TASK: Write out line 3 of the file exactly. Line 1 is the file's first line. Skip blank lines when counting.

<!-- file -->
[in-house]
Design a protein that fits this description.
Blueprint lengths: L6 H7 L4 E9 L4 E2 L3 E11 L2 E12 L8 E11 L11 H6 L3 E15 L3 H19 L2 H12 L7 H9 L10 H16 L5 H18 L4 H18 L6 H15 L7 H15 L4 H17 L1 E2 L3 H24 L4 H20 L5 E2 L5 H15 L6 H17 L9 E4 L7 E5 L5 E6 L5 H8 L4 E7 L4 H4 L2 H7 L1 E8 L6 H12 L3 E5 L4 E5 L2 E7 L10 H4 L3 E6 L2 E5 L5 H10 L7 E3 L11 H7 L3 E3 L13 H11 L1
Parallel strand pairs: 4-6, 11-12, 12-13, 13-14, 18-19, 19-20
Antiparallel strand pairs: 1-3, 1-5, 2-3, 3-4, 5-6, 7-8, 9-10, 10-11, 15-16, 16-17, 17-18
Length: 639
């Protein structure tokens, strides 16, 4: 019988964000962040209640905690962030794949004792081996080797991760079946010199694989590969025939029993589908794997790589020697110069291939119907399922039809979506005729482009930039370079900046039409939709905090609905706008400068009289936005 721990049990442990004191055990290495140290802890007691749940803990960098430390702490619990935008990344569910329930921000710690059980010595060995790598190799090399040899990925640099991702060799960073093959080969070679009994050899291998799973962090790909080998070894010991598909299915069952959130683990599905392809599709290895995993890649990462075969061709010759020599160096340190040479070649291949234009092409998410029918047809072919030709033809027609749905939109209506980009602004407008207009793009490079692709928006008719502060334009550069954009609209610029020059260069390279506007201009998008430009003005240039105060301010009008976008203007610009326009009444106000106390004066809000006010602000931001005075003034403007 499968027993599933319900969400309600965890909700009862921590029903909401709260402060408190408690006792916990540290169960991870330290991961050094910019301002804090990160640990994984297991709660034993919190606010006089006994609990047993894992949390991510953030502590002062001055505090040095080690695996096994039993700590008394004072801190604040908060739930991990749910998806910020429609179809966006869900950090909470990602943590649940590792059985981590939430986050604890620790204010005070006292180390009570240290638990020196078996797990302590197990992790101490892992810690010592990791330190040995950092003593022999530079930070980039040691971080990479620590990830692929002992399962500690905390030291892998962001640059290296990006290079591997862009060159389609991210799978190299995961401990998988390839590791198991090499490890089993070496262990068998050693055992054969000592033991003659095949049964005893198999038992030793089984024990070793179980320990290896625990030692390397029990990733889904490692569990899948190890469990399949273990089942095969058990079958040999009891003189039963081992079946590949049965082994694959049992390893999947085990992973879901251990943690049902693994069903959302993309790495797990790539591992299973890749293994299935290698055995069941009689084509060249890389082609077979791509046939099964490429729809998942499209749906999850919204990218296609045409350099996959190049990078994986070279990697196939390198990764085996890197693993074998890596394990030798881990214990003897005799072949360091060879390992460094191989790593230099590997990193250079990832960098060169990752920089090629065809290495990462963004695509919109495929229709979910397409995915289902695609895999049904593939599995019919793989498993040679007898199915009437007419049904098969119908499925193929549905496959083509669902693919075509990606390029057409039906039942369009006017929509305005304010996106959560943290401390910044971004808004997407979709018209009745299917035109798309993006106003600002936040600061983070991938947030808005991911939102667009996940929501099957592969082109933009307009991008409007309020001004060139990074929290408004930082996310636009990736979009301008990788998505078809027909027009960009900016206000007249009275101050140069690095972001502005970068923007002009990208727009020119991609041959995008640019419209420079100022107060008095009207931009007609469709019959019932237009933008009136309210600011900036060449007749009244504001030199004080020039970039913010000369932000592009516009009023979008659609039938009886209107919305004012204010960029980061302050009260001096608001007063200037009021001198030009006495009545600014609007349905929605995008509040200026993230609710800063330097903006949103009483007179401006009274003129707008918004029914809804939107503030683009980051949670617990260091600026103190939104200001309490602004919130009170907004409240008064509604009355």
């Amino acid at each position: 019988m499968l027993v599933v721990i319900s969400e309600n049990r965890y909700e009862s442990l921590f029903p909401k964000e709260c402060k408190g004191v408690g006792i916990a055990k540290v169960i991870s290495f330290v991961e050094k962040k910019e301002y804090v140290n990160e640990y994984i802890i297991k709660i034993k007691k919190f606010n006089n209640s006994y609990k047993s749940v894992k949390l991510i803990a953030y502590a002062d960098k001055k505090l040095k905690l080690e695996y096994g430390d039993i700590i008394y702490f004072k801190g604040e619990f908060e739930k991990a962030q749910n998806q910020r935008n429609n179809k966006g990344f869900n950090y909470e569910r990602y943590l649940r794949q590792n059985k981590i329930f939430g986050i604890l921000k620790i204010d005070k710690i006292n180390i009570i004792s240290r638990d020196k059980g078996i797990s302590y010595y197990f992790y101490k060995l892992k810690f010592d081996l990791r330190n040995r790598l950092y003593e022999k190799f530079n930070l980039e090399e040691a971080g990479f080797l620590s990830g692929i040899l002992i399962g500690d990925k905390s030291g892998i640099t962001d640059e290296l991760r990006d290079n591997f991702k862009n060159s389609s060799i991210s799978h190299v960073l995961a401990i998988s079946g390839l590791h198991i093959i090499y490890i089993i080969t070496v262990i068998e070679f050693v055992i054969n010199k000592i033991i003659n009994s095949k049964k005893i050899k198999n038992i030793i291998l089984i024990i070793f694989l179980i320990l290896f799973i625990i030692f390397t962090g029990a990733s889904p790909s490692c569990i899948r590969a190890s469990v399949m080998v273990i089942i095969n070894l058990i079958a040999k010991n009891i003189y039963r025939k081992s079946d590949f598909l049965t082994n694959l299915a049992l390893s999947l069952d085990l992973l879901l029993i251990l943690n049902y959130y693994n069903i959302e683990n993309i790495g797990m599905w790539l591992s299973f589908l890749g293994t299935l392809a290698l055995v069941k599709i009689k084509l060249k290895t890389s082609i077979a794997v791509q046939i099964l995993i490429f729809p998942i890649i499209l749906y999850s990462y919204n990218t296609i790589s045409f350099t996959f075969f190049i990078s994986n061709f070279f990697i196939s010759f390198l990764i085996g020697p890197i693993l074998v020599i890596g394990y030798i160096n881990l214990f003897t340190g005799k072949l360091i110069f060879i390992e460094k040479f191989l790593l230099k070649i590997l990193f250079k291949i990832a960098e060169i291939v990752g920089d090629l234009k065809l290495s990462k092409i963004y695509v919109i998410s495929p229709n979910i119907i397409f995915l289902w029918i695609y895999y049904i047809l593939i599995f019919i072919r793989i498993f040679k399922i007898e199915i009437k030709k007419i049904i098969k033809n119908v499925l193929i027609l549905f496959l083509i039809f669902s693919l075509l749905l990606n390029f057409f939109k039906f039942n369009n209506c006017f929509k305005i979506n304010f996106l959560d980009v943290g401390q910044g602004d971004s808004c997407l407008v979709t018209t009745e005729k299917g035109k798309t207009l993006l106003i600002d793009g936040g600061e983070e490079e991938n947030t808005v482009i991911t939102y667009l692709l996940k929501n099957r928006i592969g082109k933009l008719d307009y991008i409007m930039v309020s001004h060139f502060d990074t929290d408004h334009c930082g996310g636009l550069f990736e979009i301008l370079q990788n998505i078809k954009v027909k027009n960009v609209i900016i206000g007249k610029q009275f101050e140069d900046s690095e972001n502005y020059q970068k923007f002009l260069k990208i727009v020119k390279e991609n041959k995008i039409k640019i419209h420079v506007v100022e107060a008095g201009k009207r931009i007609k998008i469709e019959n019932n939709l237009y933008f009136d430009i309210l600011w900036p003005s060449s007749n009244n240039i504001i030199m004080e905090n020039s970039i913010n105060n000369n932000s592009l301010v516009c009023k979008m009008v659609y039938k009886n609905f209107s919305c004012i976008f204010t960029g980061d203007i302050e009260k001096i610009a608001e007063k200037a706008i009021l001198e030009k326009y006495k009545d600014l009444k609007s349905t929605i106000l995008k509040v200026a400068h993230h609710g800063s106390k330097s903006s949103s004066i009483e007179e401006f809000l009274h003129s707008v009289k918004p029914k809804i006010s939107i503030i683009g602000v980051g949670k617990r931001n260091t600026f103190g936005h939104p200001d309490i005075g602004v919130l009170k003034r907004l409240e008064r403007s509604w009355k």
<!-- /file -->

Blueprint lengths: L6 H7 L4 E9 L4 E2 L3 E11 L2 E12 L8 E11 L11 H6 L3 E15 L3 H19 L2 H12 L7 H9 L10 H16 L5 H18 L4 H18 L6 H15 L7 H15 L4 H17 L1 E2 L3 H24 L4 H20 L5 E2 L5 H15 L6 H17 L9 E4 L7 E5 L5 E6 L5 H8 L4 E7 L4 H4 L2 H7 L1 E8 L6 H12 L3 E5 L4 E5 L2 E7 L10 H4 L3 E6 L2 E5 L5 H10 L7 E3 L11 H7 L3 E3 L13 H11 L1